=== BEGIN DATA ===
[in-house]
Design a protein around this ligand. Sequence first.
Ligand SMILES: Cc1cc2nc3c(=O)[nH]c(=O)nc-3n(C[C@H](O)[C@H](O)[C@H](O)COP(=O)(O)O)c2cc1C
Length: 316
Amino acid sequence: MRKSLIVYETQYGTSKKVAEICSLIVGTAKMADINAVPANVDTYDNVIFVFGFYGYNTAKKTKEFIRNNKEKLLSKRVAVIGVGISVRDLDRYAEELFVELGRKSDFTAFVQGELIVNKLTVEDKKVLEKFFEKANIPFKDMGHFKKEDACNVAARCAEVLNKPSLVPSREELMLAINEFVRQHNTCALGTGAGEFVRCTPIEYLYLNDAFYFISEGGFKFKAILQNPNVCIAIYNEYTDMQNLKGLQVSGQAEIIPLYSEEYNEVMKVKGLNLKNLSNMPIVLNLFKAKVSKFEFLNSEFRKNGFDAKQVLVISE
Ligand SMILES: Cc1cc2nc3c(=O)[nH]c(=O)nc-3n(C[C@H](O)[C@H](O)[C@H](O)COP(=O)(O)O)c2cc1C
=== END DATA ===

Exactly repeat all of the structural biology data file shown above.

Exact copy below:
[in-house]
Design a protein around this ligand. Sequence first.
Ligand SMILES: Cc1cc2nc3c(=O)[nH]c(=O)nc-3n(C[C@H](O)[C@H](O)[C@H](O)COP(=O)(O)O)c2cc1C
Length: 316
Amino acid sequence: MRKSLIVYETQYGTSKKVAEICSLIVGTAKMADINAVPANVDTYDNVIFVFGFYGYNTAKKTKEFIRNNKEKLLSKRVAVIGVGISVRDLDRYAEELFVELGRKSDFTAFVQGELIVNKLTVEDKKVLEKFFEKANIPFKDMGHFKKEDACNVAARCAEVLNKPSLVPSREELMLAINEFVRQHNTCALGTGAGEFVRCTPIEYLYLNDAFYFISEGGFKFKAILQNPNVCIAIYNEYTDMQNLKGLQVSGQAEIIPLYSEEYNEVMKVKGLNLKNLSNMPIVLNLFKAKVSKFEFLNSEFRKNGFDAKQVLVISE
Ligand SMILES: Cc1cc2nc3c(=O)[nH]c(=O)nc-3n(C[C@H](O)[C@H](O)[C@H](O)COP(=O)(O)O)c2cc1C